ISRO

Ultra Violet Imaging Telescope (UVIT)

The Ultra-Violet Imaging Telescope, or the UVIT, is a remarkable 3-in-1 imaging telescope. Weighing all of 230 kg, the UVIT can simultaneously observe in the visible, the near-ultraviolet (NUV) and the far-ultraviolet (FUV). UVIT comprises of two separate telescopes. One of them works in the visible (320-550 nm) and the NUV (200-300 nm). The second works only in the FUV (130-180 nm). Remember that the famous Lyman-α line of Hydrogen is at 121.6 nm, at the far end of the FUV, and even beyond that is the X-ray band for which AstroSat has four different telescopes.

UVIT has a spatial resolution of 1.8 arcseconds and a field of view of 0.5 degree. In comparison, GALEX, an ultraviolet telescope that was launched by NASA had a larger field of view of 1.2 degrees but a resolution of about 5 arcseconds. 

Each of the two Ritchey-Chretien type telescopes of UVIT have a primary mirror of 37.5 cm diameter, specially coated with material that very efficiently reflects ultraviolet photons. These mirrors, hyperbolic in shape in order to minimise optical errors, reflect the incoming light to a secondary mirror, which in turn focuses the light onto a filter wheel and the detector.

Just as optical telescopes have filters to image the sky in the red or blue or green range of wavelengths, so also the UVIT has filters to image the NUV and FUV (and the visible) in different narrow wavelength bands. These filters are mounted on wheels which can be spun to bring whichever filter the astronomer wants into the light path.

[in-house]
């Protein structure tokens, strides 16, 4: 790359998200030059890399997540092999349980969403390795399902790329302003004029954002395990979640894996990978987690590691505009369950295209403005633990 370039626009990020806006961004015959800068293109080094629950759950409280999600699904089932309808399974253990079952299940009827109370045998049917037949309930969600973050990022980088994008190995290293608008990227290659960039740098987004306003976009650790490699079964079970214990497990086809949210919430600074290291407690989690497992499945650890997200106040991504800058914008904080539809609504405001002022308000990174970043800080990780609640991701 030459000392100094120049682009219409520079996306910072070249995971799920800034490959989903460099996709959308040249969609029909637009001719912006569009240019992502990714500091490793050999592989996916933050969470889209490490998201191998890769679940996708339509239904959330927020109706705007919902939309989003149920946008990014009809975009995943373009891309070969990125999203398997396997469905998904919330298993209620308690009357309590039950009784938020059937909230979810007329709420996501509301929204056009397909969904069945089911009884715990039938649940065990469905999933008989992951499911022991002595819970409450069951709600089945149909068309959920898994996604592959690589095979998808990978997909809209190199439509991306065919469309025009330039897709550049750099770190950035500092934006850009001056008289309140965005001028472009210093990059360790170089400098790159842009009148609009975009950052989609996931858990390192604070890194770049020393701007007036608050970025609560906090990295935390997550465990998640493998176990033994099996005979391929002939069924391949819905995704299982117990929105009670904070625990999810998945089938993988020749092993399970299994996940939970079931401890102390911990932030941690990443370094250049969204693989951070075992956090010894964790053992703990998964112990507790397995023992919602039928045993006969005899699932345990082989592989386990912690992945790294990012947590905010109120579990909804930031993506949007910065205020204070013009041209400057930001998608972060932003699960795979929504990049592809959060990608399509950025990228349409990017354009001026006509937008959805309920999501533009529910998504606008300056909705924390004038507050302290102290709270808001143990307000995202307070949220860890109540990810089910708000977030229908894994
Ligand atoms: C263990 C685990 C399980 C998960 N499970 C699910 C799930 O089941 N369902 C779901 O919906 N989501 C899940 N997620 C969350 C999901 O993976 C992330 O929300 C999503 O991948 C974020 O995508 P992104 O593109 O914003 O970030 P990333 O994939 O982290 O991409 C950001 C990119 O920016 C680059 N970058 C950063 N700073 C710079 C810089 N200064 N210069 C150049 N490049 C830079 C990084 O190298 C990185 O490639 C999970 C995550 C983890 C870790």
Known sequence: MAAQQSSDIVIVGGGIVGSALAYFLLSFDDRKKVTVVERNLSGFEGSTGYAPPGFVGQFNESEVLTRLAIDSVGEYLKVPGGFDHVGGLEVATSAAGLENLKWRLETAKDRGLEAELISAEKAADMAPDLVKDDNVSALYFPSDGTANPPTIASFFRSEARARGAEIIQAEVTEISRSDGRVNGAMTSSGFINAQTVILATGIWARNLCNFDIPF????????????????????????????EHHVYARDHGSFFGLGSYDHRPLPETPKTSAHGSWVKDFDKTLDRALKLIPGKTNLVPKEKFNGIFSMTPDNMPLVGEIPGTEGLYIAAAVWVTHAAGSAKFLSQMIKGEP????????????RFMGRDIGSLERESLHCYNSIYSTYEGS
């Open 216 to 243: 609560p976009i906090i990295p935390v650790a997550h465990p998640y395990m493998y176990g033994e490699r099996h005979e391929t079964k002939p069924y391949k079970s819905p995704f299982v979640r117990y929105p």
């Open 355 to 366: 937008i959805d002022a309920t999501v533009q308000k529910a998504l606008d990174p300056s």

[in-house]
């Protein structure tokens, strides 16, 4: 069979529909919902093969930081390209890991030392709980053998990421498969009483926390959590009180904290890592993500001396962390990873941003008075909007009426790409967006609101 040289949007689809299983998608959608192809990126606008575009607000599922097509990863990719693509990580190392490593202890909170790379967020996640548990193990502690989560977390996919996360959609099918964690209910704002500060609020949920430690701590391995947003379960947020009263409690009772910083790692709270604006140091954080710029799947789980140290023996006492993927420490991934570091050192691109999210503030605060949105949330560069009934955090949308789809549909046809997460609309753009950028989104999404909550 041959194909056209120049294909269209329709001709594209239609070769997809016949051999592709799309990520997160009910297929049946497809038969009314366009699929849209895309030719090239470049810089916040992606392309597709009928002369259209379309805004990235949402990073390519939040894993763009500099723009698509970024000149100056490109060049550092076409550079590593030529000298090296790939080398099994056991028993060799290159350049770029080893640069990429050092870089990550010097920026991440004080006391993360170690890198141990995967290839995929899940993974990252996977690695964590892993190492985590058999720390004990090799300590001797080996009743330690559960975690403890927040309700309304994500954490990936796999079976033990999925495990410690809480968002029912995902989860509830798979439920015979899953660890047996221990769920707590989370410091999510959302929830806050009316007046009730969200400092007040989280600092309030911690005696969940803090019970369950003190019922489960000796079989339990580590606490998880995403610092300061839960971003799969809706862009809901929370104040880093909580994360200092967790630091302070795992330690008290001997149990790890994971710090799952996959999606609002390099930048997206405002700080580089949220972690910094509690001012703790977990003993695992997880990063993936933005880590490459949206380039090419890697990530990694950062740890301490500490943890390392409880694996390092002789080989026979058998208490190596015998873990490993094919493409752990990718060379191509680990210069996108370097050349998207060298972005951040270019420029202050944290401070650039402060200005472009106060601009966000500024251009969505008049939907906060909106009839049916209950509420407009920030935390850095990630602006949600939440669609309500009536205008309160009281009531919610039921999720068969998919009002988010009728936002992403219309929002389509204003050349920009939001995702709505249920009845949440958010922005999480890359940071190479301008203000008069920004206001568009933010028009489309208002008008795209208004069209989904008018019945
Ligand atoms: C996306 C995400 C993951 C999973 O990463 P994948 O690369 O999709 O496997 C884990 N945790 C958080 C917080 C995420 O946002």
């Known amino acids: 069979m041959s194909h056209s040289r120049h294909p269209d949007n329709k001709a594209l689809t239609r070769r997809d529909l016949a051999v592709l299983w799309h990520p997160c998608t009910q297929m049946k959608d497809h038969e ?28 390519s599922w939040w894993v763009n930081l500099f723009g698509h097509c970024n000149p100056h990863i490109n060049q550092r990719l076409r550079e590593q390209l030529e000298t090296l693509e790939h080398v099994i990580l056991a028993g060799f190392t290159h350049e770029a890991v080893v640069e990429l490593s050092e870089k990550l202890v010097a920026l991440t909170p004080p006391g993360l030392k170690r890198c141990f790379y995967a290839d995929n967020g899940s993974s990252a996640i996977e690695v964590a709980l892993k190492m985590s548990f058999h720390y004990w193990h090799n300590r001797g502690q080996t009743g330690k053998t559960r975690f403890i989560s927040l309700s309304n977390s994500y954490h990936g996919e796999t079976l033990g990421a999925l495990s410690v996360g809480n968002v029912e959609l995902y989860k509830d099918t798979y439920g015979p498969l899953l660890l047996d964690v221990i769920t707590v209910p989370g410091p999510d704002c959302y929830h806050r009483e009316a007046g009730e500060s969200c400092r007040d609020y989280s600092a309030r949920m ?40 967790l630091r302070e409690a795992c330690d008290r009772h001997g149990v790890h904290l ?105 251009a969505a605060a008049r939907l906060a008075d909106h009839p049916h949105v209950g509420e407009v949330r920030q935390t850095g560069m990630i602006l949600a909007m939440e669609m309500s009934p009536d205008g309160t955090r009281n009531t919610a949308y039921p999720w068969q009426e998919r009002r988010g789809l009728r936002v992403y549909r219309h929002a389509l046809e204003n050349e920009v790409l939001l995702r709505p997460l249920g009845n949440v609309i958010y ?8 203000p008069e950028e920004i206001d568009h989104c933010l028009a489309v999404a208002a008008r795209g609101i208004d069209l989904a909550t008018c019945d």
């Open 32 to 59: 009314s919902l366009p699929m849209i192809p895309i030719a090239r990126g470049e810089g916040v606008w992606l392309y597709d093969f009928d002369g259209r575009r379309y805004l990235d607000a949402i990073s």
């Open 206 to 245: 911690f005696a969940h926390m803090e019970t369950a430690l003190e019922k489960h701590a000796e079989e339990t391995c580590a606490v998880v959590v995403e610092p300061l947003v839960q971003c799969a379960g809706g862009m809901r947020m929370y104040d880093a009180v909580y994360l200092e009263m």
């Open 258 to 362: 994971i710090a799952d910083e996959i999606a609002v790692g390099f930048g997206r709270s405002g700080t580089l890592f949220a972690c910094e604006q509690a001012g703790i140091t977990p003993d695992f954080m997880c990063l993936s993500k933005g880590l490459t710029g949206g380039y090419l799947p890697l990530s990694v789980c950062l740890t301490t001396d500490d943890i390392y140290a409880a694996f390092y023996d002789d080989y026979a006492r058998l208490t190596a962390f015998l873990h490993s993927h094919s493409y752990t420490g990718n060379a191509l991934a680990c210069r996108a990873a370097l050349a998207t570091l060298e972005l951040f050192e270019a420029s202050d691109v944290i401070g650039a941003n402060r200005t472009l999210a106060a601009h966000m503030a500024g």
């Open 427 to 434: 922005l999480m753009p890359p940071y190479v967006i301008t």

After the filters, the actual detectors are mounted. These are photon counting detectors and can measure the location and time of incidence of each photon individually.  They can also operate in the integration mode (like a CCD camera) and the visible channel will mostly be operated in this mode. These photons are then read out using 'intensified CMOS’ readout cameras. Objects are far fainter in the ultraviolet than in the visible and hence each photon is first hugely amplified before it is allowed to fall on the 0.25 Megapixel camera. The UVIT is now sensitive enough to detect a single ultraviolet photon and time of its arrival to within 5 millisecond accuracy! The UVIT can image the field of view 30 times a second (and in special cases, even 200 times a second).

UVIT was a challenging instrument to design and build. It had to deal with the unique problems of ultraviolet astronomy, incorporate modern technology and also withstand the intense mechanical vibrations during launch and the thermal and radiative extremes of outer space.

The intensified CMOS detector works by converting incoming photons to electric charges. Hence, the UVIT can be permanently damaged if it is exposed to very bright light. Sunlight scattered from the satellite, the light reflected from the Earth's surface, emission from molecules (like O2) in Earth's outer atmosphere when excited by the Sun and even sunlight scattered off the dust in the solar system can threaten the safety of UVIT. Hence, the telescope will observe only at night, and has a number of electronic and mechanical features to safeguard its sensitive insides, to ensure that it produces pathbreaking science.

The geometric area and mass of UVIT are 1250 cm2 and 231.8 kg.

Indian Institute of Astrophysics (IIA), Bangalore and Inter University Centre for Astronomy & Astrophysics (IUCAA), Pune in collaboration with Canadian Space Agency (CSA) has developed this payload